Following the post-election violence in December 2007, Kenya is to host a peace conference in February to help salvage its tainted image.
Announcing the plans on 8 January, Prime Minister Raila Odinga said the forum, which will be held in the first week of February, will play a role in bringing together more than 2 000 delegates, including local and international branding and peace experts.
The three day conference is scheduled to take place from 2 to 4 February and will be instrumental in charting a way forward for the east African nation.
“We have had many occasions to look back in the past, usually through task forces and commissions, the result has largely been to assign blame on who did or did not do what,” he said.
He emphasised that the aim of this conference, however, will be to help the country map a way forward for itself. “We will be meeting to lay the foundation of the nation we want the next generation to build on,” he added.
A South African delegation has also been invited. Those attending include; businessman Cyril Ramaphosa, Former Organisation for African Unity Secretary General Dr Salim Salim and former Minister of Public Service and Administration Geraldine Fraser-Moleketi.
Themed “One Kenya, One Dream: The Kenya We Want”, Odinga said that among those expected to deliver keynote addresses will be former and current world leaders including former UN Secretary-General Kofi Annan, former Prime Minister of Malaysia Mahathir Bin Mohammed and Senegalese President Abdoulaye Wade.
Former Mozambican President Joachim Chissano is also expected to address delegates at the conference.
The prime minister added that the expected outcomes of the conference, including findings and recommendations, will strengthen on-going efforts in national reconciliation and inter-group harmony, which he said, is the central goal of the grand coalition government.
He also said the forum will be used to demonstrate to the world that Kenyans are determined to solve their problems peacefully through open debate.
“We want to sit down as a nation and discuss tribalism or negative ethnicity as a problem. The intention will be to create strategies of promoting national unity out of the diverse ethnic groups that make what we call Kenya.”
Learning from past mistakes
A special tribunal is to be held in the east African country to bring to book those responsible for instigating the violence.
The concept of the tribunal came about after one of the recommendations, made by the Commission of Inquiry into the eruption of post-election violence, which rocked the country at the beginning of the year.
The commission, led by top legal eagle Justice Philip Waki, gave the Kenyan government a December 2009 deadline to form the tribunal, failing which; the matter would then be taken to the International Criminal Court at The Hague, Netherlands.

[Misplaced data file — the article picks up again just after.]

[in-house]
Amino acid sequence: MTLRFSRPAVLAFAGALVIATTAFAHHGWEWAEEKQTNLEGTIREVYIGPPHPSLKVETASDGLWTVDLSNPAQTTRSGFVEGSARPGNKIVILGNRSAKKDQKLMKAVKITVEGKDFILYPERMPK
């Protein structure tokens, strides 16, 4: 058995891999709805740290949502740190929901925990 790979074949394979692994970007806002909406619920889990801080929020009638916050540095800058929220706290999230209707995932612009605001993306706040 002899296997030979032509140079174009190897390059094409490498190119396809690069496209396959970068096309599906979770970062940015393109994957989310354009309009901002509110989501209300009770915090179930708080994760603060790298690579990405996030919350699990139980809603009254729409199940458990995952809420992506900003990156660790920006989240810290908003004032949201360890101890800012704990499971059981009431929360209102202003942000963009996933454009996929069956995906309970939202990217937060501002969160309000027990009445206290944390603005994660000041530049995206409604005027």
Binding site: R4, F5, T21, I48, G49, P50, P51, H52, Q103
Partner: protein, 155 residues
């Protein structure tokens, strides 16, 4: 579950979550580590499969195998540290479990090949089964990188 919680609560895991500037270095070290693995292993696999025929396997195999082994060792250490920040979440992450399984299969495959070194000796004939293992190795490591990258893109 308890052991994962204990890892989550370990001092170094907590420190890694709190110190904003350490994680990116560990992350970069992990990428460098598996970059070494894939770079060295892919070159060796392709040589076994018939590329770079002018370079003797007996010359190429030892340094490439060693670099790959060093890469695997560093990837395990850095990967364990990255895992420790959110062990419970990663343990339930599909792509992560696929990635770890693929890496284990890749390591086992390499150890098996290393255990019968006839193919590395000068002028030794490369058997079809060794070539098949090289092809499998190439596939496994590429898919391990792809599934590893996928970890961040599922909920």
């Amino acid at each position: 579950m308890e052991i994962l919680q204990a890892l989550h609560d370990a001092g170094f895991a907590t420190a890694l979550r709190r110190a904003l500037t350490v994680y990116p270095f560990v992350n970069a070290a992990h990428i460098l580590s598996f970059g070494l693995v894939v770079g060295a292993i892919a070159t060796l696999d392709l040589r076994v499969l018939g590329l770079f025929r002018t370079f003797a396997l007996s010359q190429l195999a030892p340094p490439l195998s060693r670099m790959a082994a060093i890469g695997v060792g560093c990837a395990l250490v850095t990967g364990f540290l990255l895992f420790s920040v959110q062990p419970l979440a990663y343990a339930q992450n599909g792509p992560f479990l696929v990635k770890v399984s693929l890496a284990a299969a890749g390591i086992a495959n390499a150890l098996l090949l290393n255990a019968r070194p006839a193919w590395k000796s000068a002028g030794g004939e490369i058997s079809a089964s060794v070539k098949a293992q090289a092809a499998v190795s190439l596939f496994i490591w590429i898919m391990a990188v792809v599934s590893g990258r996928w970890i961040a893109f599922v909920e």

The United State’s ambassador to Kenya Michael Ranneberger says the American government welcome a request for them to supply investigators for the special tribunal.
“We are prepared to commit US$1.5 million (R10-million) to support electoral reform, and we would welcome a request to provide investigative experts for the Special Tribunal.”
Ranneberger said Kenya’s reformation should form part of the implementation of both the Waki Report and that of the Kriegler Commission, also set up to investigate the post-election violence.
Both the Kriegler and Waki reports recommended that the discredited Electoral Commission of Kenya be replaced and that a special investigative council be set up.
Annan has already been handed a secret envelope containing the names of the principal suspects involved in instigating the latest violent outbreak.
The envelope is currently being kept at an undisclosed UN office for “safekeeping”.
The government has also formed a cabinet sub-committee mandated to work on the implementation of the Waki Report.
The violence revisited
The period of violence followed the disputed 27 December 2007 presidential elections in which both presidential candidates at the time, the now President Mwai Kibaki and then opposition candidate Raila Odinga (now prime minister), claimed victory in the elections.
The violence which followed the election shambles left over 1 300 people dead and about 350 000 others displaced.
The unrest tore apart Kenya’s political parties and ethnic groups as they fiercely disputed the results of the elections in which President Mwai Kibaki allegedly defeated opposition candidate Raila Odinga.
Due to the violence, traffic on highways from the port of Mombassa to Nairobi was restricted, causing massive delays in delivery of various goods.
The retail sector also took a knock, with commercial shops eventually being forced to close their doors to the public. In some cases shops were plundered or destroyed.
The pockets of Kenyans were hardest hit as the price of food across the country sky-rocketed due to insufficient supplies.
In smaller towns milk and bread became an expensive luxury and the price of fish (one of Kenya’s staple foods) tripled in the town of Kisumu, while the price of flour doubled.
In urban areas, such as Nairobi, fuel prices increased significantly with a litre of petrol costing around £1 (R15) and in some cases £2 (R30).
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